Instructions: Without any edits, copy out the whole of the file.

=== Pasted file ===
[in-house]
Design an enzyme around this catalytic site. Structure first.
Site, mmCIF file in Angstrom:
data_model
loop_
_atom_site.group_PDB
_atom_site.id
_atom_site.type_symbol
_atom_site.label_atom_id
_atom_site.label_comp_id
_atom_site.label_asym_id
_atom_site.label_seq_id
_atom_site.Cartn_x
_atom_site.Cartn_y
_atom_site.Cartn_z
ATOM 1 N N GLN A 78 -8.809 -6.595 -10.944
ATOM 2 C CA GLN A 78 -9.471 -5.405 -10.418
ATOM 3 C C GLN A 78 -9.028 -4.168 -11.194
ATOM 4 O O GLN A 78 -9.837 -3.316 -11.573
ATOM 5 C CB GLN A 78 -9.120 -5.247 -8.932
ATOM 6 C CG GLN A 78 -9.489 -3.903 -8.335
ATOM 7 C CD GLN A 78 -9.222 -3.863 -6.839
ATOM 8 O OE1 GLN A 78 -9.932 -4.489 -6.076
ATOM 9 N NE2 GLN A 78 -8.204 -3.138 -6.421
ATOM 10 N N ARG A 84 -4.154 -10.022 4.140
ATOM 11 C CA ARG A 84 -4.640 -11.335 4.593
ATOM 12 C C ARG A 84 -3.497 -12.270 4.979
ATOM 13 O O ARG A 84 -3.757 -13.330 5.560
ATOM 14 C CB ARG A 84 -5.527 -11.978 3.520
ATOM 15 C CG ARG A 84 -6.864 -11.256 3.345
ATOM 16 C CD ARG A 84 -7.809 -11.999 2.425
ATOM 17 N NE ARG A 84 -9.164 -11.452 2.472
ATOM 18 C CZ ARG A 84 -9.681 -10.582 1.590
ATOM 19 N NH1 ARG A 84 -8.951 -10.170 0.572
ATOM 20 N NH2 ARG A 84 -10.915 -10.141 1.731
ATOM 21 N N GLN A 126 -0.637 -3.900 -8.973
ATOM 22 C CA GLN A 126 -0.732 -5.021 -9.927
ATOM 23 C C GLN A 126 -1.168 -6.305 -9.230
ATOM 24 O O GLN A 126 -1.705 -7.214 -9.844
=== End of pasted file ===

[in-house]
Design an enzyme around this catalytic site. Structure first.
Site, mmCIF file in Angstrom:
data_model
loop_
_atom_site.group_PDB
_atom_site.id
_atom_site.type_symbol
_atom_site.label_atom_id
_atom_site.label_comp_id
_atom_site.label_asym_id
_atom_site.label_seq_id
_atom_site.Cartn_x
_atom_site.Cartn_y
_atom_site.Cartn_z
ATOM 1 N N GLN A 78 -8.809 -6.595 -10.944
ATOM 2 C CA GLN A 78 -9.471 -5.405 -10.418
ATOM 3 C C GLN A 78 -9.028 -4.168 -11.194
ATOM 4 O O GLN A 78 -9.837 -3.316 -11.573
ATOM 5 C CB GLN A 78 -9.120 -5.247 -8.932
ATOM 6 C CG GLN A 78 -9.489 -3.903 -8.335
ATOM 7 C CD GLN A 78 -9.222 -3.863 -6.839
ATOM 8 O OE1 GLN A 78 -9.932 -4.489 -6.076
ATOM 9 N NE2 GLN A 78 -8.204 -3.138 -6.421
ATOM 10 N N ARG A 84 -4.154 -10.022 4.140
ATOM 11 C CA ARG A 84 -4.640 -11.335 4.593
ATOM 12 C C ARG A 84 -3.497 -12.270 4.979
ATOM 13 O O ARG A 84 -3.757 -13.330 5.560
ATOM 14 C CB ARG A 84 -5.527 -11.978 3.520
ATOM 15 C CG ARG A 84 -6.864 -11.256 3.345
ATOM 16 C CD ARG A 84 -7.809 -11.999 2.425
ATOM 17 N NE ARG A 84 -9.164 -11.452 2.472
ATOM 18 C CZ ARG A 84 -9.681 -10.582 1.590
ATOM 19 N NH1 ARG A 84 -8.951 -10.170 0.572
ATOM 20 N NH2 ARG A 84 -10.915 -10.141 1.731
ATOM 21 N N GLN A 126 -0.637 -3.900 -8.973
ATOM 22 C CA GLN A 126 -0.732 -5.021 -9.927
ATOM 23 C C GLN A 126 -1.168 -6.305 -9.230
ATOM 24 O O GLN A 126 -1.705 -7.214 -9.844